The issue is when you are posting them to flaunt yourself and particularly your body at other people.  Sure, some people out there are saying that you just like to see what you look like.  But really, are you looking for the attention of people who may be attracted to you?  Are you fishing for compliments?  Would you be embarrassed if your boss found the pictures when you are in your 20s or 30s?

These are things to think about.  And I think that is part of the issue the Moms were getting at.

But, then there is the whole concept of lust and that it really isn’t appropriate to flaunt your body like that.  I mean, your body is yours, but I would also like to think that if you show it off that much you are at risk of it not just being yours but that of a million people who see that photo.  Not just those that you want to, but the creepers that are, well, creepy.

The Moms in these posts are helping to protect their kids.  Really, no teenager (or human) should have to look at someone’s “sexy” selfies (unless they are your spouse).  The Bible equates lust with adultery and if you see it, and you want it, you probably lust after it.  And putting it out there is just as bad as looking at it.

This being said, I get that it is normal teenage behaviour.  Showing off oneself.

Kind of like mating rituals.


There are other facets of normal teenage behaviour.  This is when you learn more about appropriate body image.  This is when you grow to respect oneself.

I feel like posting scandalous photos or looking at them is not necessarily fostering these things.

Teenagers do all kinds of stupid things.  I am sure most people can agree on that.  The goal is to teach them to minimize the stupidity.  Even if it is normal.

So yes, I confess that when I am a Mom I will hold this stance.

I know, a non-mom making mom claims.

But, for what it is worth, I really do think that.  I won’t want my kids to be exposed to that.  And I would have a zero tolerance policy if I caught one of my kids posting those kinds of pictures.

Yes, I get that my kids will probably do that and see that stuff.  I am not a head in the clouds oblivious person.

A bigger piece of all of this is this is teaching self-respect and appropriate body image and sexuality.  Boundaries are huge these days.  Social and otherwise.

I don’t really know how to do this.  But, I guess I will figure it out.  As much as I don’t want my kids to be ashamed of themselves, I also don’t want them to harm themselves with a lack of shame.  Middle ground is good.

Now, don’t go calling me a slut shamer.

Well, I guess you can if you want.  That is not what I am going for, though.

I agree that taking sexy selfies is normal teenage behaviour.  As is having sex, underage drinking and experimenting with drugs.  Varying degrees of risk.  And things that different parents try to prevent their kids from doing for their own safety.  I, in my head, already know that I will one day want to bubble my kids.  Just saying.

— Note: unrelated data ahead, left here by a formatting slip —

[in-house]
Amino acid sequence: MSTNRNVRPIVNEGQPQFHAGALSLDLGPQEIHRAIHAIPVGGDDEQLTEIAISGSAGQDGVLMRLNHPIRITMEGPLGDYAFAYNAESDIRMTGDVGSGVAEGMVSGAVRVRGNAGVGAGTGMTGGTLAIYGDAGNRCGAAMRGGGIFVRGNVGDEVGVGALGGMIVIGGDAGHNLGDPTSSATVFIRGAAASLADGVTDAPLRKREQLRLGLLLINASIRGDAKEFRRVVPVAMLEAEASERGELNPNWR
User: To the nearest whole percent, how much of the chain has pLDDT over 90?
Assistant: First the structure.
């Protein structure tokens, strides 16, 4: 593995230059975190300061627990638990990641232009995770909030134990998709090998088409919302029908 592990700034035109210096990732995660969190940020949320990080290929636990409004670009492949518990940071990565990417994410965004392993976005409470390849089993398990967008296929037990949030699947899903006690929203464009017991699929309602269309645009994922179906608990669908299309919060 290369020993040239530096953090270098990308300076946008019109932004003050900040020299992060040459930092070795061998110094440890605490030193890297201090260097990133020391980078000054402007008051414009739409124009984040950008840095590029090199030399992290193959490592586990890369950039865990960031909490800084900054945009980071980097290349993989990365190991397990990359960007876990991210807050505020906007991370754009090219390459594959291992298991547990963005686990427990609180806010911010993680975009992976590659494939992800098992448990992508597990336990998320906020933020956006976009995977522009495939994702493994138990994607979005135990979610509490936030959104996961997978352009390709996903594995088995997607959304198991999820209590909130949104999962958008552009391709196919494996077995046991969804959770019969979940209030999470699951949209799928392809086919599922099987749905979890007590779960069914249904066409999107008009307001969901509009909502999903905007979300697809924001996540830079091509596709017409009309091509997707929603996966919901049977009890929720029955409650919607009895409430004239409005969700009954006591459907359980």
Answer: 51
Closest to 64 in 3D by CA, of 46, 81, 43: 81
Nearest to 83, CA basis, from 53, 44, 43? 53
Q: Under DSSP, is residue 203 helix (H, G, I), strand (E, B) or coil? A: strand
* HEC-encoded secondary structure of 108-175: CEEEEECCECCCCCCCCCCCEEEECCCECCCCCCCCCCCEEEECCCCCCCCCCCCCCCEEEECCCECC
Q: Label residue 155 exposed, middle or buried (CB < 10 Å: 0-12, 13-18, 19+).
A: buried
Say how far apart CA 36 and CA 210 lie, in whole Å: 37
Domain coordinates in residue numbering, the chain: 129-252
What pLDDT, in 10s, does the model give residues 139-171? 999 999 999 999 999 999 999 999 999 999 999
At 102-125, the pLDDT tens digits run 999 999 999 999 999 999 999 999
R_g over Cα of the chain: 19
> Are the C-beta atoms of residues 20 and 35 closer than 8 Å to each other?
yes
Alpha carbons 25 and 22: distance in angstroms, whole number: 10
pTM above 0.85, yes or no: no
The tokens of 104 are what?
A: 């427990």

Anyway, slut shaming is degrading or mocking women (or men) for their sexual behaviour/tendencies.  It is wrong.  Point blank.

I get that the posts do mock these kids who are choosing to take these photos.  Because really, the overarching concept of posting such photos on Facebook is, at least to me, a little silly.  And I don’t quite support mocking these girls or boys to the point where they feel badly about themselves.  Offering good counsel is one thing, but there is a fine line for some people.

I think these girls and boys are potentially fine members of society (well, I don’t know, but odds are).  And I can’t say or know anything really to judge them except for reported bad taste in picture taking.

It is unfair to treat anyone poorly for their choices.  Degrading or bashing young men or women is not good at any point.

That being said, I think the spirit behind the posts is that these kids need to learn that their choices have consequences.  That other people may see the images and, yes, judge them because that is unfortunately how the world works.  And some of the people that judge them may just make a semi-humorous advice post, but others may be more predatory.    Slut shaming is real.  And so is sexual assault.

So, sure it is just an innocent picture.  But, sometimes a picture is a sign of bigger issues or can bring on bigger issues.

Kids (and adults alike) need to learn there are consequences to things that may seem harmless.   They need to learn that their bodies are not something to be sold or flaunted, but loved.  And teenagers aren’t quite at the point where they can always make those decisions for themselves. There is a learning curve.

So, in summary, I think sexy selfies are stupid, just like a ton of other teen rituals.  I don’t want my kids to do it, but I get that others will do it and that is fine because it is their perogative.  Nonetheless, I wish people would start to grasp that nothing is in isolation and there are consequences often beyond what is initially perceived.

Lastly, all teens and kids these days need prayers.  All of them.  There is a lot of bad stuff out there an a lot of tough decisions to make.